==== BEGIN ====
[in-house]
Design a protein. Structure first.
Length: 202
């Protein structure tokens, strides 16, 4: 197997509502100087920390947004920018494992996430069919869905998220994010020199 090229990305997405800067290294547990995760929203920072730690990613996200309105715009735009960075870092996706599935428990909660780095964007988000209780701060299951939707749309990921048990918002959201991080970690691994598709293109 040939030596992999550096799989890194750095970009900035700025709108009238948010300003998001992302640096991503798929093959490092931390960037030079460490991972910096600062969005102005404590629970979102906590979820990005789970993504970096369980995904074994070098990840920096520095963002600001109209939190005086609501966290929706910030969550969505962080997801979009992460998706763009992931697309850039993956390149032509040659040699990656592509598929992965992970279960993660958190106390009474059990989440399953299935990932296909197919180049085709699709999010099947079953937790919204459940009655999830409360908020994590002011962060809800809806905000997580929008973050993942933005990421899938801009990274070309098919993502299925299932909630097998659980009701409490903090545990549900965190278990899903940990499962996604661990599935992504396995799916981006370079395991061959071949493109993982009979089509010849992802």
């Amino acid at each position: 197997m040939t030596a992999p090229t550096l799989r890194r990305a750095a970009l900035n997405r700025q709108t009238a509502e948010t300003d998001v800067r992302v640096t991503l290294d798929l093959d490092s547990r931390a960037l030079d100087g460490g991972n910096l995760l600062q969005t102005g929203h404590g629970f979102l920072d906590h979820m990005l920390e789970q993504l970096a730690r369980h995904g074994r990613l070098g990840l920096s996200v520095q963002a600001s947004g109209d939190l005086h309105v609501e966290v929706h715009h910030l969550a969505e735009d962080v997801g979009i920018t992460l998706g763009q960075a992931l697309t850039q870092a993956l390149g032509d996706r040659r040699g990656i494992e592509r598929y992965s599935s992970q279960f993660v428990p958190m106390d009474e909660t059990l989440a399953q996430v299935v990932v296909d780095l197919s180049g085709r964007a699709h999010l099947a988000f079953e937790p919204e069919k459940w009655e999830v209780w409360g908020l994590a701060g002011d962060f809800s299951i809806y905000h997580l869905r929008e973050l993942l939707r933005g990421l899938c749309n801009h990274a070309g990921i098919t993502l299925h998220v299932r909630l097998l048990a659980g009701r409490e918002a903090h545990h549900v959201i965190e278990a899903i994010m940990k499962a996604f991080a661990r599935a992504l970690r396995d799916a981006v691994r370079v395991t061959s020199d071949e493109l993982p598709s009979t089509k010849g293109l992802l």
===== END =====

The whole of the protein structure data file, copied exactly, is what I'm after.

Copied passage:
[in-house]
Design a protein. Structure first.
Length: 202
């Protein structure tokens, strides 16, 4: 197997509502100087920390947004920018494992996430069919869905998220994010020199 090229990305997405800067290294547990995760929203920072730690990613996200309105715009735009960075870092996706599935428990909660780095964007988000209780701060299951939707749309990921048990918002959201991080970690691994598709293109 040939030596992999550096799989890194750095970009900035700025709108009238948010300003998001992302640096991503798929093959490092931390960037030079460490991972910096600062969005102005404590629970979102906590979820990005789970993504970096369980995904074994070098990840920096520095963002600001109209939190005086609501966290929706910030969550969505962080997801979009992460998706763009992931697309850039993956390149032509040659040699990656592509598929992965992970279960993660958190106390009474059990989440399953299935990932296909197919180049085709699709999010099947079953937790919204459940009655999830409360908020994590002011962060809800809806905000997580929008973050993942933005990421899938801009990274070309098919993502299925299932909630097998659980009701409490903090545990549900965190278990899903940990499962996604661990599935992504396995799916981006370079395991061959071949493109993982009979089509010849992802």
């Amino acid at each position: 197997m040939t030596a992999p090229t550096l799989r890194r990305a750095a970009l900035n997405r700025q709108t009238a509502e948010t300003d998001v800067r992302v640096t991503l290294d798929l093959d490092s547990r931390a960037l030079d100087g460490g991972n910096l995760l600062q969005t102005g929203h404590g629970f979102l920072d906590h979820m990005l920390e789970q993504l970096a730690r369980h995904g074994r990613l070098g990840l920096s996200v520095q963002a600001s947004g109209d939190l005086h309105v609501e966290v929706h715009h910030l969550a969505e735009d962080v997801g979009i920018t992460l998706g763009q960075a992931l697309t850039q870092a993956l390149g032509d996706r040659r040699g990656i494992e592509r598929y992965s599935s992970q279960f993660v428990p958190m106390d009474e909660t059990l989440a399953q996430v299935v990932v296909d780095l197919s180049g085709r964007a699709h999010l099947a988000f079953e937790p919204e069919k459940w009655e999830v209780w409360g908020l994590a701060g002011d962060f809800s299951i809806y905000h997580l869905r929008e973050l993942l939707r933005g990421l899938c749309n801009h990274a070309g990921i098919t993502l299925h998220v299932r909630l097998l048990a659980g009701r409490e918002a903090h545990h549900v959201i965190e278990a899903i994010m940990k499962a996604f991080a661990r599935a992504l970690r396995d799916a981006v691994r370079v395991t061959s020199d071949e493109l993982p598709s009979t089509k010849g293109l992802l």